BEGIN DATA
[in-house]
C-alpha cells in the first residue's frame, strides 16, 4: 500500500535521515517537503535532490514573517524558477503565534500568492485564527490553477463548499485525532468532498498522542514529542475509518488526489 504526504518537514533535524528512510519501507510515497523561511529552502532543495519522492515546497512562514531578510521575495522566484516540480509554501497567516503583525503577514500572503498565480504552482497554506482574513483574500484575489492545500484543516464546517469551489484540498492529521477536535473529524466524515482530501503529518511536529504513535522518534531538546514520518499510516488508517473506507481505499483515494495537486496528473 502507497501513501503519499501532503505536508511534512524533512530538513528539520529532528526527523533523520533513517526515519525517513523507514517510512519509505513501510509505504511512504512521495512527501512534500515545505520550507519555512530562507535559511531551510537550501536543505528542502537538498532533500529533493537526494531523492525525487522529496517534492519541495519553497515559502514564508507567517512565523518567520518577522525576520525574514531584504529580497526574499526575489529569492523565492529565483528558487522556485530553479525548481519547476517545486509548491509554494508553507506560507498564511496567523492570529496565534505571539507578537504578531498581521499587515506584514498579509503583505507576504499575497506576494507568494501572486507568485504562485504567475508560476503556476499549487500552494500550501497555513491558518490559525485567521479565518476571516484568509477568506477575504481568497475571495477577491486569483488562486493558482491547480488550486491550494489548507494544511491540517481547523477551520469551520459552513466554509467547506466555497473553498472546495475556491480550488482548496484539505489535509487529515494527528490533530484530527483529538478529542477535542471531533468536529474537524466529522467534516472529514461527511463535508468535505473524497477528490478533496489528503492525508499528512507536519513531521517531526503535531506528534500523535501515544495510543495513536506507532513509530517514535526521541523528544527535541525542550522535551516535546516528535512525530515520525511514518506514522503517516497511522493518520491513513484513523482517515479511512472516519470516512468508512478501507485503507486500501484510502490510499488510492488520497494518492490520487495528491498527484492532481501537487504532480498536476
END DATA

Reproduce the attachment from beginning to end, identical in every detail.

[in-house]
C-alpha cells in the first residue's frame, strides 16, 4: 500500500535521515517537503535532490514573517524558477503565534500568492485564527490553477463548499485525532468532498498522542514529542475509518488526489 504526504518537514533535524528512510519501507510515497523561511529552502532543495519522492515546497512562514531578510521575495522566484516540480509554501497567516503583525503577514500572503498565480504552482497554506482574513483574500484575489492545500484543516464546517469551489484540498492529521477536535473529524466524515482530501503529518511536529504513535522518534531538546514520518499510516488508517473506507481505499483515494495537486496528473 502507497501513501503519499501532503505536508511534512524533512530538513528539520529532528526527523533523520533513517526515519525517513523507514517510512519509505513501510509505504511512504512521495512527501512534500515545505520550507519555512530562507535559511531551510537550501536543505528542502537538498532533500529533493537526494531523492525525487522529496517534492519541495519553497515559502514564508507567517512565523518567520518577522525576520525574514531584504529580497526574499526575489529569492523565492529565483528558487522556485530553479525548481519547476517545486509548491509554494508553507506560507498564511496567523492570529496565534505571539507578537504578531498581521499587515506584514498579509503583505507576504499575497506576494507568494501572486507568485504562485504567475508560476503556476499549487500552494500550501497555513491558518490559525485567521479565518476571516484568509477568506477575504481568497475571495477577491486569483488562486493558482491547480488550486491550494489548507494544511491540517481547523477551520469551520459552513466554509467547506466555497473553498472546495475556491480550488482548496484539505489535509487529515494527528490533530484530527483529538478529542477535542471531533468536529474537524466529522467534516472529514461527511463535508468535505473524497477528490478533496489528503492525508499528512507536519513531521517531526503535531506528534500523535501515544495510543495513536506507532513509530517514535526521541523528544527535541525542550522535551516535546516528535512525530515520525511514518506514522503517516497511522493518520491513513484513523482517515479511512472516519470516512468508512478501507485503507486500501484510502490510499488510492488520497494518492490520487495528491498527484492532481501537487504532480498536476